[FOM] AI Challenge

Patrik Eklund peklund at cs.umu.se
Sun Oct 1 02:34:58 EDT 2017

Thank you, Daniel, for underlining

On 2017-09-30 22:40, Daniel Schwartz wrote:
> I believe that if new logic-based applications in AI could be created, 
> this
> would spur a resurgence in interest in formal logics.
> http://www.cs.nyu.edu/mailman/listinfo/fom

Dear All,

Harvey Friedman promotes NIM as an application area. This is fine, and 
time will tell how discussions will develop on that side.


Before I give other and very different examples, let me underline the 
importance of finding a solution to a problem, rather than finding a 
problem to a solution. My strong credo is that application development 
is successful only if we really go deep into the essense of a problem, 
and not just a shallow description of a problem.


Allow me to be as concrete as I possible can, and I will pick two 
examples in health. I am not a medical or health care expert, so anyone 
knowing more detail on examples I mention, please add and/or correct. If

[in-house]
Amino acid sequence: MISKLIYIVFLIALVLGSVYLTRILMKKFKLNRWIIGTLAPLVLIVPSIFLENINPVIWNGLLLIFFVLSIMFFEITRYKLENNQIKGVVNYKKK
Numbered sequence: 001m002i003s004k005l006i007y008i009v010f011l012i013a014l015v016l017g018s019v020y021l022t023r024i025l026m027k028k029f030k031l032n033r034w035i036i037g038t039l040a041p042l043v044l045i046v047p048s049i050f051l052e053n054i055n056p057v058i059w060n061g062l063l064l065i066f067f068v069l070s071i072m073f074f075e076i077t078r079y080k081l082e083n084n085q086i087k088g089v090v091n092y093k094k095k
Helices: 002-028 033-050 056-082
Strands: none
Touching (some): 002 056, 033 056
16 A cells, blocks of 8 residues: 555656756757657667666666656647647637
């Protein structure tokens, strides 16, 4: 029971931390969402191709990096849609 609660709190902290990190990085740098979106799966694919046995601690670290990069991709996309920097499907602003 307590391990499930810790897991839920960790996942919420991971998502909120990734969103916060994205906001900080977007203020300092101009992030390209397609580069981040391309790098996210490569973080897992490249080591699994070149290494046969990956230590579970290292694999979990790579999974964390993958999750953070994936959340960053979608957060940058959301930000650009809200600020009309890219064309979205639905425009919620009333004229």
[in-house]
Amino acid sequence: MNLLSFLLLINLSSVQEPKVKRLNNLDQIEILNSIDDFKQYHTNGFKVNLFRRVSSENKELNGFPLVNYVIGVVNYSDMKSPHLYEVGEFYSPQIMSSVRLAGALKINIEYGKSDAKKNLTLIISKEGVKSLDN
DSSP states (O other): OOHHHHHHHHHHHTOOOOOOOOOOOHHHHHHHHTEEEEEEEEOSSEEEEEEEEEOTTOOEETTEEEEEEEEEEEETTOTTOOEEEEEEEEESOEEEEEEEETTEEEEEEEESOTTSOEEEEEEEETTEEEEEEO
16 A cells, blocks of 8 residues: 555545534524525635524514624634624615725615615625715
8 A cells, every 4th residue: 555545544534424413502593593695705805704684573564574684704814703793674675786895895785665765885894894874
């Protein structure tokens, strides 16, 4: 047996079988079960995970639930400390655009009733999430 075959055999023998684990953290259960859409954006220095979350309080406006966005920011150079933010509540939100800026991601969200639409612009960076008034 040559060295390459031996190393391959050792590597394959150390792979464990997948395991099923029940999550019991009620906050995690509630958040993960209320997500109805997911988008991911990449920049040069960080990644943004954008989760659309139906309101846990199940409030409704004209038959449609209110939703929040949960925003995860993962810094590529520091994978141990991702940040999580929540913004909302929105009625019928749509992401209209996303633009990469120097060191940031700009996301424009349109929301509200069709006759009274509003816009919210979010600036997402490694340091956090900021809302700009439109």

by any change there is an oncologist or cardiologist is the FOM 
audience, and I would see a reply like "Patrik, you really don't have a 
clue.", I would actually be happy, because than I would at least know 
that problems are even deeper than I have imagined, and I would take it 
from there.


1. Hypertension

This is quite specific, even if it can be made even more specific as to 
the reasons why it develops, and as to other diseases affecting and 
complicating it. My example detail relates to pharmacologic treatment of 
hypertension. Roughly and naively speaking there are two main strategies 
to lower the blood pressure, one being relaxing vessels not to contract 
so much, another being reducing blood volume. The relaxing bit has a 
focus on angiotensin causing 'vasoconstriction', e.g. by applying 
angiotensin receptor blockers ("ARBs"), such a relaxing can be achieved 
and pressure goes down. This means pressure goes down also in very small 
vessels like those appearing in kidneys and other parts of the body, so 
a drug prescriber must ensure e.g. that kidney insufficiency is not 
present. The blood volume bit is about too much water in the blood so we 
simply suggest to take away some of that water by using diuretics. This 
affects other part of the body, and indeed relates to transportation of